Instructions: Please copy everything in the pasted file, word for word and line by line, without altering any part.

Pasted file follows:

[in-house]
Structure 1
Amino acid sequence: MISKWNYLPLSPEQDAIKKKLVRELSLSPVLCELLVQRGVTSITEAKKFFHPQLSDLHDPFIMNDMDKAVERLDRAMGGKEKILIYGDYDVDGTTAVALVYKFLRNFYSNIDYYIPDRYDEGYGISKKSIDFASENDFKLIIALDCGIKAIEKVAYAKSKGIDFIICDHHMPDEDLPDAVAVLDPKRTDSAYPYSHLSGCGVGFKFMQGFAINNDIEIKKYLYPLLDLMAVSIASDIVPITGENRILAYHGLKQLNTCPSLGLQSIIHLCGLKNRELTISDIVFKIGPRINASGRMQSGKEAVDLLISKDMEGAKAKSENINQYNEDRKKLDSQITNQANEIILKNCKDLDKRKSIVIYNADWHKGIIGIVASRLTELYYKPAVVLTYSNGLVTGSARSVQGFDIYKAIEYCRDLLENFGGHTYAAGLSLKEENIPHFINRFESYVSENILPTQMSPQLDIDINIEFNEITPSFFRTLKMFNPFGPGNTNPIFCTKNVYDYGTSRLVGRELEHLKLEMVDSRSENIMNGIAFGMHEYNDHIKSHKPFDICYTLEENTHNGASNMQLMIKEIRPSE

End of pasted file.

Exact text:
[in-house]
Structure 1
Amino acid sequence: MISKWNYLPLSPEQDAIKKKLVRELSLSPVLCELLVQRGVTSITEAKKFFHPQLSDLHDPFIMNDMDKAVERLDRAMGGKEKILIYGDYDVDGTTAVALVYKFLRNFYSNIDYYIPDRYDEGYGISKKSIDFASENDFKLIIALDCGIKAIEKVAYAKSKGIDFIICDHHMPDEDLPDAVAVLDPKRTDSAYPYSHLSGCGVGFKFMQGFAINNDIEIKKYLYPLLDLMAVSIASDIVPITGENRILAYHGLKQLNTCPSLGLQSIIHLCGLKNRELTISDIVFKIGPRINASGRMQSGKEAVDLLISKDMEGAKAKSENINQYNEDRKKLDSQITNQANEIILKNCKDLDKRKSIVIYNADWHKGIIGIVASRLTELYYKPAVVLTYSNGLVTGSARSVQGFDIYKAIEYCRDLLENFGGHTYAAGLSLKEENIPHFINRFESYVSENILPTQMSPQLDIDINIEFNEITPSFFRTLKMFNPFGPGNTNPIFCTKNVYDYGTSRLVGRELEHLKLEMVDSRSENIMNGIAFGMHEYNDHIKSHKPFDICYTLEENTHNGASNMQLMIKEIRPSE